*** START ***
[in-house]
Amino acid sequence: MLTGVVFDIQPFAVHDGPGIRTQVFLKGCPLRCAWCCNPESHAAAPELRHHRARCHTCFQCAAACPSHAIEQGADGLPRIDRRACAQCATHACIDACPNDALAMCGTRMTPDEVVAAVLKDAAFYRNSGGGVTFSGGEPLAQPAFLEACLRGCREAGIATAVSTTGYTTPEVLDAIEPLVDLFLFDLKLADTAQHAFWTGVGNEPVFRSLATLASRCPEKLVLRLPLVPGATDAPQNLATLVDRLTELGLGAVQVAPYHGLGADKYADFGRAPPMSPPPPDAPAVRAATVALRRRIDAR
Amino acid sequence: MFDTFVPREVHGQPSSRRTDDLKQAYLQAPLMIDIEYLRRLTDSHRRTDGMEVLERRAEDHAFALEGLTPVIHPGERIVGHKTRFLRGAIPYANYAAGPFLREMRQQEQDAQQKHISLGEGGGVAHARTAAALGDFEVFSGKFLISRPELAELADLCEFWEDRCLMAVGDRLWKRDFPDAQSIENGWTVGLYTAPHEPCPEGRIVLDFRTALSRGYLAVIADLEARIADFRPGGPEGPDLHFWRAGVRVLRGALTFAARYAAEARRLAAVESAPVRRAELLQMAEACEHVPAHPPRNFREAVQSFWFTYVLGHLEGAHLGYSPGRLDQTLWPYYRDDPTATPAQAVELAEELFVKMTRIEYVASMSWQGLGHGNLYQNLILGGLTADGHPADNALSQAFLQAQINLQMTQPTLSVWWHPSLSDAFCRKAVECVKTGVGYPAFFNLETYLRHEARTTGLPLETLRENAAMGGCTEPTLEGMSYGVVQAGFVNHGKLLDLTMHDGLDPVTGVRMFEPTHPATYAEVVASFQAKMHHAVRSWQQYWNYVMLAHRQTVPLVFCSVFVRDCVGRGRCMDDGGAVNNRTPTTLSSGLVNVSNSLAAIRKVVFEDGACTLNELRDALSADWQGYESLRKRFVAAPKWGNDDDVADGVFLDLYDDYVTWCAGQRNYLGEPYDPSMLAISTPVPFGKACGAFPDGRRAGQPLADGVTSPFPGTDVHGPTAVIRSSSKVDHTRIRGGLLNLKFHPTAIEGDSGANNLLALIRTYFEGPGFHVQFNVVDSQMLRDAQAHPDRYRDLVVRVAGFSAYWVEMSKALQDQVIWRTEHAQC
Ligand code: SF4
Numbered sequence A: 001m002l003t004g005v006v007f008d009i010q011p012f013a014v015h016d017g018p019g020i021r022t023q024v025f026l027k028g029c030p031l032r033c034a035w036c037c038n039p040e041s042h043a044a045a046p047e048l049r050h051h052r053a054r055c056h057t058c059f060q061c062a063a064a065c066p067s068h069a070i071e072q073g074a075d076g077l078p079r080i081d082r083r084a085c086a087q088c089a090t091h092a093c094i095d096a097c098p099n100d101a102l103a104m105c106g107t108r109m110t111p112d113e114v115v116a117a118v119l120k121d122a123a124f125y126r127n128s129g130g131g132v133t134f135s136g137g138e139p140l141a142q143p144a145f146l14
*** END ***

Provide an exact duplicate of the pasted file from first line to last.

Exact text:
[in-house]
Amino acid sequence: MLTGVVFDIQPFAVHDGPGIRTQVFLKGCPLRCAWCCNPESHAAAPELRHHRARCHTCFQCAAACPSHAIEQGADGLPRIDRRACAQCATHACIDACPNDALAMCGTRMTPDEVVAAVLKDAAFYRNSGGGVTFSGGEPLAQPAFLEACLRGCREAGIATAVSTTGYTTPEVLDAIEPLVDLFLFDLKLADTAQHAFWTGVGNEPVFRSLATLASRCPEKLVLRLPLVPGATDAPQNLATLVDRLTELGLGAVQVAPYHGLGADKYADFGRAPPMSPPPPDAPAVRAATVALRRRIDAR
Amino acid sequence: MFDTFVPREVHGQPSSRRTDDLKQAYLQAPLMIDIEYLRRLTDSHRRTDGMEVLERRAEDHAFALEGLTPVIHPGERIVGHKTRFLRGAIPYANYAAGPFLREMRQQEQDAQQKHISLGEGGGVAHARTAAALGDFEVFSGKFLISRPELAELADLCEFWEDRCLMAVGDRLWKRDFPDAQSIENGWTVGLYTAPHEPCPEGRIVLDFRTALSRGYLAVIADLEARIADFRPGGPEGPDLHFWRAGVRVLRGALTFAARYAAEARRLAAVESAPVRRAELLQMAEACEHVPAHPPRNFREAVQSFWFTYVLGHLEGAHLGYSPGRLDQTLWPYYRDDPTATPAQAVELAEELFVKMTRIEYVASMSWQGLGHGNLYQNLILGGLTADGHPADNALSQAFLQAQINLQMTQPTLSVWWHPSLSDAFCRKAVECVKTGVGYPAFFNLETYLRHEARTTGLPLETLRENAAMGGCTEPTLEGMSYGVVQAGFVNHGKLLDLTMHDGLDPVTGVRMFEPTHPATYAEVVASFQAKMHHAVRSWQQYWNYVMLAHRQTVPLVFCSVFVRDCVGRGRCMDDGGAVNNRTPTTLSSGLVNVSNSLAAIRKVVFEDGACTLNELRDALSADWQGYESLRKRFVAAPKWGNDDDVADGVFLDLYDDYVTWCAGQRNYLGEPYDPSMLAISTPVPFGKACGAFPDGRRAGQPLADGVTSPFPGTDVHGPTAVIRSSSKVDHTRIRGGLLNLKFHPTAIEGDSGANNLLALIRTYFEGPGFHVQFNVVDSQMLRDAQAHPDRYRDLVVRVAGFSAYWVEMSKALQDQVIWRTEHAQC
Ligand code: SF4
Numbered sequence A: 001m002l003t004g005v006v007f008d009i010q011p012f013a014v015h016d017g018p019g020i021r022t023q024v025f026l027k028g029c030p031l032r033c034a035w036c037c038n039p040e041s042h043a044a045a046p047e048l049r050h051h052r053a054r055c056h057t058c059f060q061c062a063a064a065c066p067s068h069a070i071e072q073g074a075d076g077l078p079r080i081d082r083r084a085c086a087q088c089a090t091h092a093c094i095d096a097c098p099n100d101a102l103a104m105c106g107t108r109m110t111p112d113e114v115v116a117a118v119l120k121d122a123a124f125y126r127n128s129g130g131g132v133t134f135s136g137g138e139p140l141a142q143p144a145f146l14